FEATURED AUTHOR: LESLIE JONES
ABOUT THE BOOK
At the dawn of the 1960’s, Frank Armstrong had it all: a flash car, smart clothes, a good job with career prospects. With his foot firmly on the corporate ladder, rapid promotion seemed certain. Of course, winning the affections of the Boss’s daughter, Helen, went some way to providing a leg up - but Frank is a man of charm and wit, someone for whom doors will always open.
If only he’d realised what he had! Unfortunately, contrary to his carefully manicured persona, Frank has a flawed side to his character, one anchored in a past he can never quite let go of. He has a liking for booze, and a wandering eye – a lethal combination! He makes rash decisions, each one his last – at least that’s what he promises himself. But an apparently well-intentioned act of bravado sets him on a course for disaster, one that will see him losing everything: his wife, his son, his job – his self-respect.
Ever the optimist, he plans his way back. But is it too late?
With several interconnecting sub plots, the reader will follow Frank’s journey against the backdrop of the emerging recreational drug culture and the attitudes of the time – a time when phone calls were made from call boxes and social networking meant going to the pub. Spiral is a tale of love and betrayal, obsession and addiction, good and evil. Ultimately, it is a story about human fallibilities, self-awakening, and the realities of life at a time very different from the one we live in today.
Author: Leslie Jones
Genre: Family saga
Publisher: Amazon: (April 29, 2018)
Print length: 550 pages
GUEST POST BY LESLIE JONES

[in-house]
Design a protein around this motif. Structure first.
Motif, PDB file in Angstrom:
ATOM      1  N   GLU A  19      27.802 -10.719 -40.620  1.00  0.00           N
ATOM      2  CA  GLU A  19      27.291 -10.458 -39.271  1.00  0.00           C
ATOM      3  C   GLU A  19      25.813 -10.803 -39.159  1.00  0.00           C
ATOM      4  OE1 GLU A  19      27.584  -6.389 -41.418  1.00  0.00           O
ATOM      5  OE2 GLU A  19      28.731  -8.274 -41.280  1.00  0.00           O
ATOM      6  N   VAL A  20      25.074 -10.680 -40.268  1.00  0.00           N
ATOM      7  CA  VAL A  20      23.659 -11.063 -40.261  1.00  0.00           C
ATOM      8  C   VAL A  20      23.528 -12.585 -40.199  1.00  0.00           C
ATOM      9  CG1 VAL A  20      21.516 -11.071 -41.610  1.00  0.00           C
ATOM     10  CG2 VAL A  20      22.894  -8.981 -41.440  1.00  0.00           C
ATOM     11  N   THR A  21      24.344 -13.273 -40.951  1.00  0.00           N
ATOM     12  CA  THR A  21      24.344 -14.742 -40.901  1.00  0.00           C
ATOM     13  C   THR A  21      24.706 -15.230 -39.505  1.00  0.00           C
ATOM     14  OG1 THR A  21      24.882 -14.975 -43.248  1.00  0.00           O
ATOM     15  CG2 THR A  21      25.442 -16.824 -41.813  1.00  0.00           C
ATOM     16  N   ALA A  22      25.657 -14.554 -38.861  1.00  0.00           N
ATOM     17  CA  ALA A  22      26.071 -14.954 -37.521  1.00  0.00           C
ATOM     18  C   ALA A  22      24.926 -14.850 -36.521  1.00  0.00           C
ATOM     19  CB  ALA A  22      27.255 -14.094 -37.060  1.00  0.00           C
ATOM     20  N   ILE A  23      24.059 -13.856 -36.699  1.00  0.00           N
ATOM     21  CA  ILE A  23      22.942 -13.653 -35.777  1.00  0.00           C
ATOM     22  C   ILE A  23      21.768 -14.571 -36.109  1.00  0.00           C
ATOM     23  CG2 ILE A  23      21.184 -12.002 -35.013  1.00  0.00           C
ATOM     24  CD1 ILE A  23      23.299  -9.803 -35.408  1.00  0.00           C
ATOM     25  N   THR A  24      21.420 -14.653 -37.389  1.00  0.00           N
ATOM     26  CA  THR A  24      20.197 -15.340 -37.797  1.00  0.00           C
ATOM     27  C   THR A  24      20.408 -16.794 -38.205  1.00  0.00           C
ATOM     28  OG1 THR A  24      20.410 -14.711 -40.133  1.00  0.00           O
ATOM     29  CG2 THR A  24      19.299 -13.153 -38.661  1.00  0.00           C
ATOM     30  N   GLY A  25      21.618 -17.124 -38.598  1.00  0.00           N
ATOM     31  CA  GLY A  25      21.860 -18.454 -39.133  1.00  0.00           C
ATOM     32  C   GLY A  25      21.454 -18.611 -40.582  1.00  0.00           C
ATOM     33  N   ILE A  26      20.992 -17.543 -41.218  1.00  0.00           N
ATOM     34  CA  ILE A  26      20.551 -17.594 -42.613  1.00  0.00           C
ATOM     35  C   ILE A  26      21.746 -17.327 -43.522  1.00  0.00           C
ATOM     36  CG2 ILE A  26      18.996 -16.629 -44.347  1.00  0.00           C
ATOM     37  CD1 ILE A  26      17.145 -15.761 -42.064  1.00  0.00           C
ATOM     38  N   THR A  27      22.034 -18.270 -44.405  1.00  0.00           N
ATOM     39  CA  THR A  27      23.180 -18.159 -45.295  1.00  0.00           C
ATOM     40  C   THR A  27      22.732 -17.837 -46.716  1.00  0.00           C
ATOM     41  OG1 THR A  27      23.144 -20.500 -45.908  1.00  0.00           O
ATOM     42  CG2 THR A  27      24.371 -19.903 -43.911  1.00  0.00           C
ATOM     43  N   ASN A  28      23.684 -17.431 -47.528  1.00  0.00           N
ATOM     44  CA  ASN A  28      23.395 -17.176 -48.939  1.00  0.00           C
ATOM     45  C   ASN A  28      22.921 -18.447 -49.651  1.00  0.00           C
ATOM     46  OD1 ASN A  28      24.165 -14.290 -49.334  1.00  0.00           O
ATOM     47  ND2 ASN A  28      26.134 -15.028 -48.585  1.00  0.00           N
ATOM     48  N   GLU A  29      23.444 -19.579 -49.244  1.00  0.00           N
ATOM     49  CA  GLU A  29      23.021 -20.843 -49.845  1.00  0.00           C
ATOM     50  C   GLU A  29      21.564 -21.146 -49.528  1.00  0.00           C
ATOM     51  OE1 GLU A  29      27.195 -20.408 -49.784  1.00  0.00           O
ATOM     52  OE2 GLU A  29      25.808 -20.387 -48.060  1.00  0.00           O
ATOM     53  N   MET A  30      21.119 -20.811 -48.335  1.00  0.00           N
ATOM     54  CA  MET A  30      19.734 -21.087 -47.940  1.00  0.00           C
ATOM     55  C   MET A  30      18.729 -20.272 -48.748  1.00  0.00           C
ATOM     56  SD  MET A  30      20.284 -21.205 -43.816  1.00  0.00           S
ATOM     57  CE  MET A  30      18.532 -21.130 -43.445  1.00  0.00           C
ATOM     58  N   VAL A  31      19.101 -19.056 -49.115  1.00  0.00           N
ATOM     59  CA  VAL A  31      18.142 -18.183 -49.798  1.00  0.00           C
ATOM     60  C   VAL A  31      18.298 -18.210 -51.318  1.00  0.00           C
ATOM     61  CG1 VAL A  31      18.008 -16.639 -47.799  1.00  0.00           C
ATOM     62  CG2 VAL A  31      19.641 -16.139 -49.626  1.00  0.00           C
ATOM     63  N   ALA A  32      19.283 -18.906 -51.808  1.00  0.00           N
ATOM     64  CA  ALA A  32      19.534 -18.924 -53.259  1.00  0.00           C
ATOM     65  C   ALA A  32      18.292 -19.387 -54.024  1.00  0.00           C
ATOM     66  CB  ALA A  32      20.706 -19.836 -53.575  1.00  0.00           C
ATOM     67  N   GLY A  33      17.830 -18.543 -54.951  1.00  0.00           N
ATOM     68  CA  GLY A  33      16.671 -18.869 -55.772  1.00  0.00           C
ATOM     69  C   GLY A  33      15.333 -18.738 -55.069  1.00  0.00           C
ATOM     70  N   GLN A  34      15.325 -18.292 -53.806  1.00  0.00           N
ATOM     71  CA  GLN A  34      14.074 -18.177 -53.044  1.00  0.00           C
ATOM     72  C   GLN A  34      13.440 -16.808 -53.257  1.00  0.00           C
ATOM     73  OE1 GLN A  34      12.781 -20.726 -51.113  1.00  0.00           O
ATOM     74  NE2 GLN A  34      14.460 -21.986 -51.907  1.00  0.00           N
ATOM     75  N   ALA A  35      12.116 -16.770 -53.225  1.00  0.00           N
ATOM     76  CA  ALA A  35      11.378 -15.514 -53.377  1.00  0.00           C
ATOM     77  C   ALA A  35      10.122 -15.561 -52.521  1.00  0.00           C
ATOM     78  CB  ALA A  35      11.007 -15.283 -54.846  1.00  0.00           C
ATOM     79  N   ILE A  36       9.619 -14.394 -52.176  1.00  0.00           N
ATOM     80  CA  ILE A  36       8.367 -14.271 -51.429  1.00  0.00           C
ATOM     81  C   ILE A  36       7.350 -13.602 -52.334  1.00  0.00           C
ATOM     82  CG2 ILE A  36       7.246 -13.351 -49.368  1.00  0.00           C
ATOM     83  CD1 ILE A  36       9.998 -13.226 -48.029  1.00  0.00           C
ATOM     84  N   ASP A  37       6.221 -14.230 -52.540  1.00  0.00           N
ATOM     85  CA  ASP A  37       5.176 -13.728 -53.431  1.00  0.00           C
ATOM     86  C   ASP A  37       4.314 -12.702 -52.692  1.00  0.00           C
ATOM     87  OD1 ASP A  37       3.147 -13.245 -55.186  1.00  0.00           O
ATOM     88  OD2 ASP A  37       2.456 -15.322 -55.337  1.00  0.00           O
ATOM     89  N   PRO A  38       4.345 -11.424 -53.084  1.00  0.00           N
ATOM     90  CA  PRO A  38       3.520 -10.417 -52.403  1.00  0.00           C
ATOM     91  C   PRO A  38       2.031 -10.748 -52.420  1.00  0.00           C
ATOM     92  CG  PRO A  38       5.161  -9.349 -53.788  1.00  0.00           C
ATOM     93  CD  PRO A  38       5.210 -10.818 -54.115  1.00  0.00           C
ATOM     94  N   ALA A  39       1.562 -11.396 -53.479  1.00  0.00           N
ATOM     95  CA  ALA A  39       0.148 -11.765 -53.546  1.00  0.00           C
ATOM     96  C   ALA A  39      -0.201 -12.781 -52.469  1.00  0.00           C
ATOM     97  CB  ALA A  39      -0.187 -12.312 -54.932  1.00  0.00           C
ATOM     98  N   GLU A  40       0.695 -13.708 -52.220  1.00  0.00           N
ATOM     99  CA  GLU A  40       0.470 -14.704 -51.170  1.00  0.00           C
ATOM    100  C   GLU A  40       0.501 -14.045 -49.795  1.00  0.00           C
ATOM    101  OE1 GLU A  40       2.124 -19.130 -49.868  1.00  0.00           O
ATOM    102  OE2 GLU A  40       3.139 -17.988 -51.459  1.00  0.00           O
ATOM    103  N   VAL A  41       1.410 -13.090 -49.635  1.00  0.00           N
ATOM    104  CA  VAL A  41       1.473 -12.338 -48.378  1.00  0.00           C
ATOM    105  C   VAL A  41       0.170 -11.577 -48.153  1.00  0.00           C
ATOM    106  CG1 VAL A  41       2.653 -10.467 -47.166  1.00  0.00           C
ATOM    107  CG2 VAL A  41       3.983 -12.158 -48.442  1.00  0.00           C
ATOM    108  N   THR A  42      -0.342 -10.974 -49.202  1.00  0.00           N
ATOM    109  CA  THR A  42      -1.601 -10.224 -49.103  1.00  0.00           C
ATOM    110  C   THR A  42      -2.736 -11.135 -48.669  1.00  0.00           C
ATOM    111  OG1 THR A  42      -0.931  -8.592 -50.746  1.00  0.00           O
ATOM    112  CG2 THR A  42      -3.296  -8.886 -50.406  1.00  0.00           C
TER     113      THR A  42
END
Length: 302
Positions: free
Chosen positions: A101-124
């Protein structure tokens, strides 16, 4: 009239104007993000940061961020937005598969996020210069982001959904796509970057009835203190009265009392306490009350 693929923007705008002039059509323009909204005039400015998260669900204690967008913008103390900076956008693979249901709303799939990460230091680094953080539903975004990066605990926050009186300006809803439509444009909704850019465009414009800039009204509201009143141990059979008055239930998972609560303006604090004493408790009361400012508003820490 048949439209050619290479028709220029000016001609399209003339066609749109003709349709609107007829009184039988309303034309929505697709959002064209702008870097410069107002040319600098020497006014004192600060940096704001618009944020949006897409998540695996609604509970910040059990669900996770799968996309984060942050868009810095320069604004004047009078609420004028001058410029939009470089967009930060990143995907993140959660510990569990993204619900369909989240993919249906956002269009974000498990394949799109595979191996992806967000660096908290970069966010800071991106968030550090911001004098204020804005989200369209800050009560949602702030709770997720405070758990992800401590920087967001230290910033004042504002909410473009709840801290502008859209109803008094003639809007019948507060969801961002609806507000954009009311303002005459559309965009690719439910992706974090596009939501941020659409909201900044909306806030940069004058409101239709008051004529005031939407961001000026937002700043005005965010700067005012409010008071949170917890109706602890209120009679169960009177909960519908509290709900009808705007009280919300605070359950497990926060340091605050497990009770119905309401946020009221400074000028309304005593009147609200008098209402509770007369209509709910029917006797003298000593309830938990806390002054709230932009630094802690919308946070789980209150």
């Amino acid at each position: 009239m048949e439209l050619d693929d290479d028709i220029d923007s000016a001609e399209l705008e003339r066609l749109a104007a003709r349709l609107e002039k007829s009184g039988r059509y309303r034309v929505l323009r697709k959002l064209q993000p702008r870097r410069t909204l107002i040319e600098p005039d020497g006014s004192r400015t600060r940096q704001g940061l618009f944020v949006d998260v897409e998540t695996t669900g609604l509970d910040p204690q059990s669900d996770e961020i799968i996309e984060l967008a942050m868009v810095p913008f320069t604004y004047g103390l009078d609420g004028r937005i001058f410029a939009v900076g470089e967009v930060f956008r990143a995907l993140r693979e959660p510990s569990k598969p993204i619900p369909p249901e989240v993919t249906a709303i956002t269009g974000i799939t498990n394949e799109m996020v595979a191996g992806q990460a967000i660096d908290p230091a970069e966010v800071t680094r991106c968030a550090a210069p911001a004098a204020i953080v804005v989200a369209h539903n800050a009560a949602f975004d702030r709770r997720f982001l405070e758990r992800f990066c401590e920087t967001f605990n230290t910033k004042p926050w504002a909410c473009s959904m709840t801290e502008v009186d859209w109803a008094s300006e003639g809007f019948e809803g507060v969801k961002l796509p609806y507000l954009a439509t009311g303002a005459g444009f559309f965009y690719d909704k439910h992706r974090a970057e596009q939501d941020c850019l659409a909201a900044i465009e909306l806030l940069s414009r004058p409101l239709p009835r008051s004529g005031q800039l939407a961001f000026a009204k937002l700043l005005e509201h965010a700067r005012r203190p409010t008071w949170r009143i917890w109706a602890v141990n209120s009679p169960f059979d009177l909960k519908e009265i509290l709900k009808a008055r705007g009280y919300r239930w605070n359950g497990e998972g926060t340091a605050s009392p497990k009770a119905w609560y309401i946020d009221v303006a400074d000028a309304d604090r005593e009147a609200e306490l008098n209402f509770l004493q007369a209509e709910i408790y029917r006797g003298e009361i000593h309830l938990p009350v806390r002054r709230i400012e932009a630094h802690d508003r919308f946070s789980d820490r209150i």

An exploration of love, betrayal human fallibilities set against the backdrop of the southern England in the early 1960’s
Spiral is a story written for those who lived during the 1960’s, who can remember what is was like, and probably feel a sense of nostalgia for that time. However, a younger generation, for whom the Sixties is a largely unknown and forgotten period, might be curious to know what it was like to live at a time when no one possessed a mobile phone, and social networking meant going to cafés and pubs where people talked face-to-face and not electronically!
Set in the early years of the decade in a small coastal town in southern England, the key character, Frank, is introduced as a man ‘on the up.’ A self-made success story, who lives by his wits, the doors to the Promised Land beckoned. He has the car, the smart clothes, the girl – who happens to be his boss’s daughter. With his foot firmly on the corporate ladder, life seemed good, very good indeed. But Frank is far from perfect – he has a fondness for booze and an eye for women. Then, one day, he loses everything and finds himself homeless. Ever the optimist, and acknowledging the ‘wake up’ call, he is determined to win his life back. But is it too late?
I lived through the 1960’s, born in the first month of that decade, which is where the story starts. There is a well-known saying: ‘If you can remember the Sixties then you weren’t there.’ My own recollections of sights, sounds, how people talked, what was on the TV – these are all still crystal clear even though it was so long ago. I wanted to record these before their vividness begins to fade – and that was how Spiral evolved. The story, fortunately, is not based on personal experience, although many of the scenes are memorised; for example, I have centred a key part of the story in a lido – remember them? I used to go regularly to the one in Lee-on-Solent (near Portsmouth southern England) – how cold the water was! The emerging recreational drug culture – the justification for the cliché quoted above – is of great interest to me. I studied the ‘Counter-culture’ as part of my degree at Manchester University, which also features in the early part of the story.